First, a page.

“We have nothing to discuss with the CHP even if they do not label the issue the Kurdish issue,” said MHP parliamentary group Deputy Chairman Oktay Vural, referring to CHP leader Kemal Kılıçdaroğlu's remarks earlier on Thursday in which he said the name of the issue may be changed if it disturbs other parties.
The MHP denies the existence of the Kurdish issue, arguing that the issue only concerns terrorism. “A change of name cannot make us a tool for this plan,” Vural added.
MHP leader Devlet Bahçeli also said in a written statement following a meeting between Prime Minister Recep Tayyip Erdoğan and CHP leader Kemal Kılıçdaroğlu that his party won't meet with the CHP with respect to the “so-called Kurdish problem,” harshly criticizing Erdoğan and Kılıçdaroğlu's meeting.
Bahçeli accused the CHP of being the mouthpiece of the jailed leader of the terrorist Kurdistan Workers' Party (PKK), Abdullah Öcalan, and said the CHP's position carries the risk of making Öcalan and the PKK's demands legitimate. Underlining that Turkey absolutely does not have a Kurdish problem, Bahçeli said, “Turkish citizens of Kurdish descent are honorable and proud citizens of the nation.”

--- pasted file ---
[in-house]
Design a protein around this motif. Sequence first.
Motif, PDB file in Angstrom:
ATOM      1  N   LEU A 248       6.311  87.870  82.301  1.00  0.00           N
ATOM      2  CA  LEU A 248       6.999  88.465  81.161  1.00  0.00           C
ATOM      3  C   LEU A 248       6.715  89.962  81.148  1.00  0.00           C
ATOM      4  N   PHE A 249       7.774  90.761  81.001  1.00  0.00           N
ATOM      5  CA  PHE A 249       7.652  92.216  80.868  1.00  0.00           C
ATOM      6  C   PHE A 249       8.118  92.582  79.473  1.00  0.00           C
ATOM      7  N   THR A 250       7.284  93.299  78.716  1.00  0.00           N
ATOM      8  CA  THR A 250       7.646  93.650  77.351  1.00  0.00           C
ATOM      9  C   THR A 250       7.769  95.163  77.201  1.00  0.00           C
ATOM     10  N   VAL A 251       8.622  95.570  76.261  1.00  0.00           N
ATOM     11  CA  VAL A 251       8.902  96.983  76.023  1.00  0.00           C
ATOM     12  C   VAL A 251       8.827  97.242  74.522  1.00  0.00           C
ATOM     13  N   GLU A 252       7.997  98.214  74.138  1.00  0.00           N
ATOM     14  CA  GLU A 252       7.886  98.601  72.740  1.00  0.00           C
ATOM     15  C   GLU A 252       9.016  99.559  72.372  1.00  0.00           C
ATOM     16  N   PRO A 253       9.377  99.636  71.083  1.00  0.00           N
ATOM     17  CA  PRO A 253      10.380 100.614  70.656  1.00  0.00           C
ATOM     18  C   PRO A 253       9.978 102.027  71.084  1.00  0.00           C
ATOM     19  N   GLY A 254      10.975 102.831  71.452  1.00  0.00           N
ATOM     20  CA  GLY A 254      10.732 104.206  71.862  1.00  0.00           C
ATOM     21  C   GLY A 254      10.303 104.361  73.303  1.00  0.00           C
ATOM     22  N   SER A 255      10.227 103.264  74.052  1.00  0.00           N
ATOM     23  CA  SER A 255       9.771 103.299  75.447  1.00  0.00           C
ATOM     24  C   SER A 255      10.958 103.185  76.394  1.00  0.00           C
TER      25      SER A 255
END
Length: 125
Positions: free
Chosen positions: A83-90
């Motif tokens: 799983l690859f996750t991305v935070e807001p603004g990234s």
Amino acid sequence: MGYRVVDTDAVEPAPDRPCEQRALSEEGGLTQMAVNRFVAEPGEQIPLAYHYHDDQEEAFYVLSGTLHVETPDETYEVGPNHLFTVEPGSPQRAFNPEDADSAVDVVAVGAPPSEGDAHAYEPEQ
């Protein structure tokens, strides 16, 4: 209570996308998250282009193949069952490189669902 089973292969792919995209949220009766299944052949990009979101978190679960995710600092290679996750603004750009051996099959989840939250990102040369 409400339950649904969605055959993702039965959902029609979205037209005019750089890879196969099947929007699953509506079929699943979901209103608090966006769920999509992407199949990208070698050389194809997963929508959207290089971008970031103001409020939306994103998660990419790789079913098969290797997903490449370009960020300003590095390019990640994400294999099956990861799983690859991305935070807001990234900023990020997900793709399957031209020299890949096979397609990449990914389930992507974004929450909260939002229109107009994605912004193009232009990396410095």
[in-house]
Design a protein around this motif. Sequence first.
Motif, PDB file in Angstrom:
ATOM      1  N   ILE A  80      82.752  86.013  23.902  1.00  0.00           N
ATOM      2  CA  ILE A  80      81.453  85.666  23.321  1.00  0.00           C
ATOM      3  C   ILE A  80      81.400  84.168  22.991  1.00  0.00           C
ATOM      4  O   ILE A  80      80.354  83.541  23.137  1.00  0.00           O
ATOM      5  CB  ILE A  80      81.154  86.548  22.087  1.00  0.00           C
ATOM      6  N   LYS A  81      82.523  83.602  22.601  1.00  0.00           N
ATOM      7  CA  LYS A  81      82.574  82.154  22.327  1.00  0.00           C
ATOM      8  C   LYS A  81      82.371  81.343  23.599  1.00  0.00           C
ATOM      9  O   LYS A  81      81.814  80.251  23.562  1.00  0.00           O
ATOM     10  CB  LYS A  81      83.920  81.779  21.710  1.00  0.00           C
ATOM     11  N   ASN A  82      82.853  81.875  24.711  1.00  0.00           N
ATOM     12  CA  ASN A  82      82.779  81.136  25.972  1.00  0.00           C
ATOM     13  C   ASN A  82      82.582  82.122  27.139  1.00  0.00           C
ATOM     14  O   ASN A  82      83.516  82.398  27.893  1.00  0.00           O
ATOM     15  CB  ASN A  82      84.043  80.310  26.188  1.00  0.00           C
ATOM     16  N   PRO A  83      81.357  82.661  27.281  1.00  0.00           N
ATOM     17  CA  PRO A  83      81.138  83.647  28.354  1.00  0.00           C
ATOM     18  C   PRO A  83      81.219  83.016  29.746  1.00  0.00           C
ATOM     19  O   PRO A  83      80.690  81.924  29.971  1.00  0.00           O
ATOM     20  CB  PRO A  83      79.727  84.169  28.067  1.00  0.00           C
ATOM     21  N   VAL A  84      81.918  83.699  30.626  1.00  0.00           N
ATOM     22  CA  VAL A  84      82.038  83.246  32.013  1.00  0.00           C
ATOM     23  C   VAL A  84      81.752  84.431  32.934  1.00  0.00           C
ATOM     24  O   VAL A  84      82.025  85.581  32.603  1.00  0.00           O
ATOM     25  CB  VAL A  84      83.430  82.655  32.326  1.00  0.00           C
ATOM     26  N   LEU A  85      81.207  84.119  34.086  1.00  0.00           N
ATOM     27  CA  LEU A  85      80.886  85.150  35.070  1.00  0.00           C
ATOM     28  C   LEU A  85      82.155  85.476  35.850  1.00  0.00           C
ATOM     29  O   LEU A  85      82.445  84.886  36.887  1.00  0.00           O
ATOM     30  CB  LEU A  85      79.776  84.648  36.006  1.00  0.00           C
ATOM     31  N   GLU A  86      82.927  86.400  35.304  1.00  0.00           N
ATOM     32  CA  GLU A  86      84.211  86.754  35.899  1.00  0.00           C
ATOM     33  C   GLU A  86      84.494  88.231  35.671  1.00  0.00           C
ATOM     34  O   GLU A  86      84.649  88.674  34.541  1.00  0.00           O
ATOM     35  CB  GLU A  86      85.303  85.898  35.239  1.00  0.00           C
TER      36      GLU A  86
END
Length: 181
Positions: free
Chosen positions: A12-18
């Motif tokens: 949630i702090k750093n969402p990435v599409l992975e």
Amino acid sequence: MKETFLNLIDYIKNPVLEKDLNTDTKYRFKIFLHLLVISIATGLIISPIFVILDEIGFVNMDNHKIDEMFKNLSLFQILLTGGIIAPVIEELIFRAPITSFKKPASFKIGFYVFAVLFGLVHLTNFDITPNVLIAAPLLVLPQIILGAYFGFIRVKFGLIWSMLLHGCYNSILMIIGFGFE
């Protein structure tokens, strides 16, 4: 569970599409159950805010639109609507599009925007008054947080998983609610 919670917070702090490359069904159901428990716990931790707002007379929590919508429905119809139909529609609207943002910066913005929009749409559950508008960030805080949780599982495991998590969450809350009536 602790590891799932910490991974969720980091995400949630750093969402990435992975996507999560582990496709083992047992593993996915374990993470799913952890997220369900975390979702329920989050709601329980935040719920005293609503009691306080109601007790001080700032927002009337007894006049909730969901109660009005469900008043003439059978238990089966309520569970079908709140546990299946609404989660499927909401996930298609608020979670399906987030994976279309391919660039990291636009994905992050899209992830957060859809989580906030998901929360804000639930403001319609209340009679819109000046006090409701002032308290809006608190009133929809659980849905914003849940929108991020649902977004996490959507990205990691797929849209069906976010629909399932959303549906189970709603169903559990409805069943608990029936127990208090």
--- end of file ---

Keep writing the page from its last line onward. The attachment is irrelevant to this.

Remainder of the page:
The CHP and the Justice and Development Party (AK Party) had a key meeting on Wednesday to discuss a proposal by the CHP to find a solution to the Kurdish issue through consensus among all political parties. The meeting was positive, according to officials from both parties. Last month the CHP submitted its suggestion on how to solve the Kurdish problem to Parliament, presenting a proposal detailing ideas first announced as part of the party's campaign in the last general elections.
The CHP first prepared a report on how to deal with the issue in 1989 and, after the election of Kılıçdaroğlu as party leader in 2010, the party has returned to the subject. The promises made by Kılıçdaroğlu in the run-up to last year's national elections on the matter are reiterated in the proposal presented to the parliament speaker.
The report, which details a 10-point plan, includes as its first point a plan for the establishment of a parliamentary committee to concentrate on the Kurdish question. The suggested name for this committee is the Societal Reconciliation Commission, which the CHP says in its report should function according to the principles of equal representation and reconciliation. Erdoğan and the CHP leader met on the same issue in July 2010 at the request of Erdoğan, whose AK Party launched an initiative to address the issue in 2009.
Turkey has for decades been battling a campaign of separatist terrorism carried out by the PKK, which in 1984 launched an armed campaign to fight for an autonomous Kurdish homeland in southeast Turkey.